June 24, 2024
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Celebrating Our Past…And Our Future

Shabbat Hagadol

Parshat Metzora

After studying this week’s haftarah, one is struck by the fact that there seems to be no hint at all that this is the final Shabbat before the chag of Pesach. Indeed, as opposed to the previous special readings that are ordained by the Tanna’im in the Mishnah, Shabbat Hagadol carries with it no obligation to read a special maftir or prophetic reading in the Talmud. Interestingly, the earliest source we have for reading this haftarah dates back to the 12th century, some 800 to 900 years after the other readings were codified in the Mishnah. And yet, the only reason why the later rabbis chose to establish a special prophetic reading, rather than the haftarah we would ordinarily read, one that ties into the topic of the parsha itself, is the fact that this Shabbat comes right before Pesach—but there is no mention of Pesach in the haftarah at all!! Quite curious, to say the least.

More troubling is the fact that the reading is taken up by the navi’s pointing out Israel’s failures and shortcomings. The prophet contrasts Hashem’s faithfulness to His people to their faithlessness to God. Malachi cries to the people that the very survival of the nation was proof of Hashem’s love for them and he implores the people to return to Hashem. Given these harsh criticisms, it is difficult to understand what Chazal saw in the words of this final prophet of the books of the nevi’im that would have them choose it for the Shabbat preceding the Holiday of Freedom.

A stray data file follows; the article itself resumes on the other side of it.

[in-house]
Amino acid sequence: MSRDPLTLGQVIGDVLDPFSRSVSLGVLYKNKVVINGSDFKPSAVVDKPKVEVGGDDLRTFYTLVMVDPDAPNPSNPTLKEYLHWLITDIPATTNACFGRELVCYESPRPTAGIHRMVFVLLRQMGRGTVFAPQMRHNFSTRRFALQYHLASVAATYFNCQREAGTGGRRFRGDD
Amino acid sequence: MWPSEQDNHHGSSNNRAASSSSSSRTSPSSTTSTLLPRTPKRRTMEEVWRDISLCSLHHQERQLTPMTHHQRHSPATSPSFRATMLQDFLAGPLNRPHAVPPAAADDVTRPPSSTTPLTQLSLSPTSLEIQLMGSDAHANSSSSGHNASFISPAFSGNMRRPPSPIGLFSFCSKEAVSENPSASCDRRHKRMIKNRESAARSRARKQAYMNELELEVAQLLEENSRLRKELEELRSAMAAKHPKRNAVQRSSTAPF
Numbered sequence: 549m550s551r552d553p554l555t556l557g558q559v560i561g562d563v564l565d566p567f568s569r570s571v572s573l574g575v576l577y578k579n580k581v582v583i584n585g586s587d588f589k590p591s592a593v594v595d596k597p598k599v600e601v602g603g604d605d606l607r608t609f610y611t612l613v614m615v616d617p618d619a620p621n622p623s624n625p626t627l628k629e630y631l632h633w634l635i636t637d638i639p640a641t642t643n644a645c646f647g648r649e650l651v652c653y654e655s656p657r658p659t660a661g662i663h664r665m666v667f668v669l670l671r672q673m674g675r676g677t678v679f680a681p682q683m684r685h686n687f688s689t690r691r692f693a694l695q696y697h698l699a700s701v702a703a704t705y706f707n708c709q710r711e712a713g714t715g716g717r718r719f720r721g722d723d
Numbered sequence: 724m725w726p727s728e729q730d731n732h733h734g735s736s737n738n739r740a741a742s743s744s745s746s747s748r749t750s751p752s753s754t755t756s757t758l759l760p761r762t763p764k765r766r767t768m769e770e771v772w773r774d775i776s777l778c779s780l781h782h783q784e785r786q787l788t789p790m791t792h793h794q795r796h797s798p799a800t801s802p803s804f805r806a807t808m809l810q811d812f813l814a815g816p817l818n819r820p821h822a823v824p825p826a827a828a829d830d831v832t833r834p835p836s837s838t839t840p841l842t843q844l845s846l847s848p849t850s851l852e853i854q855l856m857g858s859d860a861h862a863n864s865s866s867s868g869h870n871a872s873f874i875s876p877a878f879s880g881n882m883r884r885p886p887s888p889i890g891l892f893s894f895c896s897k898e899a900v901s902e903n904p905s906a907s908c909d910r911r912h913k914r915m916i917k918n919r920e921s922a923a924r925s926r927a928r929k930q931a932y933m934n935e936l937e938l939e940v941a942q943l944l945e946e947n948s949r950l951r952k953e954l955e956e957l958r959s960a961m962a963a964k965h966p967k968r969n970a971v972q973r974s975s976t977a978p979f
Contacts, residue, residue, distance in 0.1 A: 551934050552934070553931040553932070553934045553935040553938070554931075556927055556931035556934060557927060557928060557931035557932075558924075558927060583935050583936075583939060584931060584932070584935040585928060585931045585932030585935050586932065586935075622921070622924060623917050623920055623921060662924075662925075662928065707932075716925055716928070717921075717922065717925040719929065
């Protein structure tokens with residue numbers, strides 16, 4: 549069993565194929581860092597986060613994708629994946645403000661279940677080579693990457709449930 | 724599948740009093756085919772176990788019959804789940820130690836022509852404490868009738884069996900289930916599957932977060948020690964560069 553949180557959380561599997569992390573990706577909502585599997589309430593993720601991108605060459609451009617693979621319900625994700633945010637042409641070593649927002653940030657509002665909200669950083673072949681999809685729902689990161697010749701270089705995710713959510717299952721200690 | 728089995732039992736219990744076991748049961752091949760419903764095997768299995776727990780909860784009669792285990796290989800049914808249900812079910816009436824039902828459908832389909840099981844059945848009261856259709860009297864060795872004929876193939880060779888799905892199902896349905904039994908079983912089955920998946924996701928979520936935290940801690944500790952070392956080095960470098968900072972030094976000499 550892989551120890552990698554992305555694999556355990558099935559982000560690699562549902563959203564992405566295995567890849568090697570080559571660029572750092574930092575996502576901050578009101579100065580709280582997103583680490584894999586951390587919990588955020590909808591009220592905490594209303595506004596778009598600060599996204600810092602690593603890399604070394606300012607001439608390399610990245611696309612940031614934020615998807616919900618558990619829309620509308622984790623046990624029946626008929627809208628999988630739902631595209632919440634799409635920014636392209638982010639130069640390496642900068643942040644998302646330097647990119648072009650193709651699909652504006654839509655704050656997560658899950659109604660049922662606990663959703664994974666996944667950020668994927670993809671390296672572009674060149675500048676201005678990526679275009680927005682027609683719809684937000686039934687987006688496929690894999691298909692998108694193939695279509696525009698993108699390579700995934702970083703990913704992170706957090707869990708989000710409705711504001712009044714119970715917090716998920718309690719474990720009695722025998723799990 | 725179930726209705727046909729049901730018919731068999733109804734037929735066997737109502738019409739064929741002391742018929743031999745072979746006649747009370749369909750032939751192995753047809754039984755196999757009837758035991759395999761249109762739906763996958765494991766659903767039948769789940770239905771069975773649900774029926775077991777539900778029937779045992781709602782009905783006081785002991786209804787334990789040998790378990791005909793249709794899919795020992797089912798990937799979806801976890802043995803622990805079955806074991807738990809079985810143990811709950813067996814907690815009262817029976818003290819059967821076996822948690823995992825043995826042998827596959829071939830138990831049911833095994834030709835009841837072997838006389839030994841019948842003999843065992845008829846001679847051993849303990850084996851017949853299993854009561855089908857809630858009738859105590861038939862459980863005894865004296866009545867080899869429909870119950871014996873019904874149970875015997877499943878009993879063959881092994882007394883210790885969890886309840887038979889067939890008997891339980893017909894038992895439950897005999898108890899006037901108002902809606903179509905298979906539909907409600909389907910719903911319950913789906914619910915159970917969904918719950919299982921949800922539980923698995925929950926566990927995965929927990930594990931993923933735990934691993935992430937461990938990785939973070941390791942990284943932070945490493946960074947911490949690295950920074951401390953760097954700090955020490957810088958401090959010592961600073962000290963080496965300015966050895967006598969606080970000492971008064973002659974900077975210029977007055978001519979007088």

I would suggest that the rabbis aimed to connect this haftarah to the theme of Pesach, the theme of geulah—not the past redemption from Egypt but the future and ultimate redemption of Yemot Hamashiach, the Messianic Era. The final redemption is also part of our Pesach observance. Indeed, when we take a close look at the Haggadah we realize how the pre-meal theme revolves around the Egypt experience: the final perek of Hallel read before the meal is “B’tzet Yisrael miMitzrayim” and included in this pre-meal recitation in the description of the slavery (“Avadim Hayinu”), the oppression (“Vayarei’u otanu haMitzrim, vay’anunu”) and the 10 plagues (dam, tzfarde’ah…”). On the other hand, the post-meal theme revolves around praise (Hallel) and thanksgiving to Hashem (Hallel HaGadol—‘Hodu LaShem ki tov”) for the future redemption, as well as inviting Eliyahu into our home. That is why the haftarah from Sefer Malachi is particularly fitting, for it was Malachi who, in his final message, relays Hashem’s promise that He will send Eliyahu Hanavi to Israel who would harbinger the arrival of “Yom Hashem HAGADOL,” the great day of God, the day of redemption. In effect, therefore, when we read these final prophetic words, we remember that Pesach’s message is that as redemption from Egyptian enslavement was granted, so is the future redemption assured.

In summation, we must understand that our chagim do not only mark a historical event from the past. Rather, the Jewish holiday is suffused with a message for the future. There must be, in that time of celebration, a lesson to learn that would be significant and impactive through all generations. Our redemption from Egypt was, indeed, worth marking. But our understanding that there would be yet another redemption from future oppressions, from the ghettos, the attacks and the murders our nation would suffer, that would be an even greater reason for celebration.

Yes, there will be another geulah!

And, truly, as we hear the very footsteps of the Mashiach drawing closer to us each day, we pray that we merit to see that day, that Yom Hashem HaGadol, in the very, very near future.


Rabbi Neil Winkler is the rabbi emeritus of the Young Israel Fort Lee and now lives in Israel.

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